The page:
Lesson 30: Chromatic Scales

Category: Lessons, Music Theory

Now that you have learned about major scales, lets take a small step back and digest. Ahhh.. feels good, doesn’t it? Now for something light.. for the entrée, we have a lovely little tidbit called the chromatic scale. It is a Greek dish, originating from the Greek word “chroma”, meaning “color”.

A chromatic scale is quite simple, as it consists entirely of semitones. No magic formula to follow here. It is a 12 note scale, and contains each and every note between the starting note and its octave. There are several ways to write a chromatic scale, I will show you a few of these in this lesson.

You can write a chromatic scale using accidentals. Just remember that no letter name should occur more than twice in a row. For example, do not use A flat, A natural, and A sharp.  Instead, you could use A flat, A natural, and B flat. You see? Same notes, different notation. Another thing to remember is that the chromatic scale must begin and end on the same letter name.

When using accidentals to write a chromatic scale, if the starting note is a natural or a sharp, use sharps ascending and flats descending. The only caveat to this rule is that the first note and the final note must be the same, so if the first note is a sharp, the last note must be a sharp as well. See the images below for an example of a chromatic scale starting on a natural note and on a sharp note.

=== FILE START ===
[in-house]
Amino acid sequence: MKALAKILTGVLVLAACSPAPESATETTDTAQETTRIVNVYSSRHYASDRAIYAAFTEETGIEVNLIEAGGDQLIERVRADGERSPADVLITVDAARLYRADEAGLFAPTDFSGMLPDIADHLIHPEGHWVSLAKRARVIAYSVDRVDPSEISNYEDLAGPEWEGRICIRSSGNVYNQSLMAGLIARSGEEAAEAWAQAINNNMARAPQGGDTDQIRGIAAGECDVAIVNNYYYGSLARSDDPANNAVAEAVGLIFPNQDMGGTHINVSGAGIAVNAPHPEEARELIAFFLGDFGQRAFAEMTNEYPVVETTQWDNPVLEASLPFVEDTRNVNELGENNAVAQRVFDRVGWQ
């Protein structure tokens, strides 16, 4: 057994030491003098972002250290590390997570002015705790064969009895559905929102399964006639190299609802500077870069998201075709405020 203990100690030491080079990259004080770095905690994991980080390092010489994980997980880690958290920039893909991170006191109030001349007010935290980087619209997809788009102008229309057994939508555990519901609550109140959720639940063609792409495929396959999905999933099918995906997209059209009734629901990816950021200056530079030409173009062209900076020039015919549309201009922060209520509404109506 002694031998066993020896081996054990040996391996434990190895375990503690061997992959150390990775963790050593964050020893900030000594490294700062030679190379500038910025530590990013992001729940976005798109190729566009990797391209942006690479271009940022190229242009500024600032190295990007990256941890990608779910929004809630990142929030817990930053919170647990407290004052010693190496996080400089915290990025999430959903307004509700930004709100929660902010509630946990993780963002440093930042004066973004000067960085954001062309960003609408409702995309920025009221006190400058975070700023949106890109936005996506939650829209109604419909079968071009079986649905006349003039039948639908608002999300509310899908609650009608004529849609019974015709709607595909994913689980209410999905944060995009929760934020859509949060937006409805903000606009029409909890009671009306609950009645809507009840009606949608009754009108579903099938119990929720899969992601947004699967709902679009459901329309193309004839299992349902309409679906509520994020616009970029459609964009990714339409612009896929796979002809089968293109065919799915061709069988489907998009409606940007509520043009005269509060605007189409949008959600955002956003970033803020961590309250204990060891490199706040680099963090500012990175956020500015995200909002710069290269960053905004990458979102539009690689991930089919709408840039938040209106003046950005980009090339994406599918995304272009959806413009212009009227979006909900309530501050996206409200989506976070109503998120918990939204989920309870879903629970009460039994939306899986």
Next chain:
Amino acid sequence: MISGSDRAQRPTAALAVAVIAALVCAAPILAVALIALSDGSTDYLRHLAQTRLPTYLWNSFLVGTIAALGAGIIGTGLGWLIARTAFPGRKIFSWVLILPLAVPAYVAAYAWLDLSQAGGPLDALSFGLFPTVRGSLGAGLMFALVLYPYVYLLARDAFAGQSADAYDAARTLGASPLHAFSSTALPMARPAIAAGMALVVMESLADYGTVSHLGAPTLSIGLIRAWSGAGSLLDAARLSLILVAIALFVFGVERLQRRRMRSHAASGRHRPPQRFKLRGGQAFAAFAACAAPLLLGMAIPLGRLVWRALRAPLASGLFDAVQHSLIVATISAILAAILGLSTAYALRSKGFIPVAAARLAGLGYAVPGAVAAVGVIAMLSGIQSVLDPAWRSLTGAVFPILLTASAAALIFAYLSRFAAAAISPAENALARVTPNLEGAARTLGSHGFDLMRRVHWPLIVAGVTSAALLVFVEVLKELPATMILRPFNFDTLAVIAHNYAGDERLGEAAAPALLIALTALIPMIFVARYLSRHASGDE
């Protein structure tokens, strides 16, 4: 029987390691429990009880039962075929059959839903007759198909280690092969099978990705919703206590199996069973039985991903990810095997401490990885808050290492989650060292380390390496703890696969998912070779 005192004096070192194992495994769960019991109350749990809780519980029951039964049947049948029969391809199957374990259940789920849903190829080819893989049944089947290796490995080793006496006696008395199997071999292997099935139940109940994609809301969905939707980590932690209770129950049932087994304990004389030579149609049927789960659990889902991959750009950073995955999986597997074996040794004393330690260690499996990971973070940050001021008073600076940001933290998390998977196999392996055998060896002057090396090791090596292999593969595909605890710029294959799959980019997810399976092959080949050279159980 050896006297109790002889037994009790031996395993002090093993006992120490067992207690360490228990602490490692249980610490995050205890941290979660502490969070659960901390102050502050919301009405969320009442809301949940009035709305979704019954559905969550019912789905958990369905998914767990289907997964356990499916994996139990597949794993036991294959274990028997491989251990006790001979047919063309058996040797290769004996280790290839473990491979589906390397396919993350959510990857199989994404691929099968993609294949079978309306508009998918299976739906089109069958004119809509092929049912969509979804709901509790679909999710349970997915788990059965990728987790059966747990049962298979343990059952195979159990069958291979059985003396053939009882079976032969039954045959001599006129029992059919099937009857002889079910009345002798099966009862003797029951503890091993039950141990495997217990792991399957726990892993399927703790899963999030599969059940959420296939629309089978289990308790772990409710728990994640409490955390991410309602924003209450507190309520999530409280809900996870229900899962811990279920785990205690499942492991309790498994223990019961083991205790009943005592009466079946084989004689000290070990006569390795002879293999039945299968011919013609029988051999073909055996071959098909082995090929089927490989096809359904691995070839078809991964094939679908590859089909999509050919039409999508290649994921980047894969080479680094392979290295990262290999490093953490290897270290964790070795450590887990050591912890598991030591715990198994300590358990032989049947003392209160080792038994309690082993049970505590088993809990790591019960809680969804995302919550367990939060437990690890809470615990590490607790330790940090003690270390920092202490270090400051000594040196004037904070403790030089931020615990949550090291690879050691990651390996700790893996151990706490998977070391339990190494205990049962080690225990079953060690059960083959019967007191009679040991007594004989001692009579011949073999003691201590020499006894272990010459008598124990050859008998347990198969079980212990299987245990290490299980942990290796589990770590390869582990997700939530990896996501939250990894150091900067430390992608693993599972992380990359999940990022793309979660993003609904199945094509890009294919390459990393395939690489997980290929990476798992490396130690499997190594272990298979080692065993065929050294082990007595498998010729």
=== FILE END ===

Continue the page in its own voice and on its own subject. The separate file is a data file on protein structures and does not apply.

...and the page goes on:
Chromatic scale starting on a sharp and a natural

If the starting note is a flat, you must use flats and naturals until you can switch without breaking the “two-letter-name” rule. See the scale below.

OK, so I thought I was going to show you the other way to write a chromatic scale, and I will write about it briefly, but to be honest, I don’t like it.  The other way to write a chromatic scale is to use the key signature of the major scale, and add in notes with accidentals, keeping in mind that the interval between the mediant (3) and subdominant (4) of the major scale is already a semitone, as well as the interval between the leading note (7) and the tonic (8). If anyone REALLY wants a demonstration of this technique, please leave a comment, otherwise I will leave this topic well enough alone. It’s for the best, trust me. And honestly, who really needs to know 2 different ways to write chromatic scales? It’s kindof like math, you’ll never use it in real life.

Posted on October 15th, 2011 by sharlene

1 Comment

  1. Scott Evans Says:

    Hey I need to know how to write chromatic scales using the key signature of all the major scales. To my understanding this is pretty much an exercise in accidentals and I am really struggling with it. Please help. Thanks

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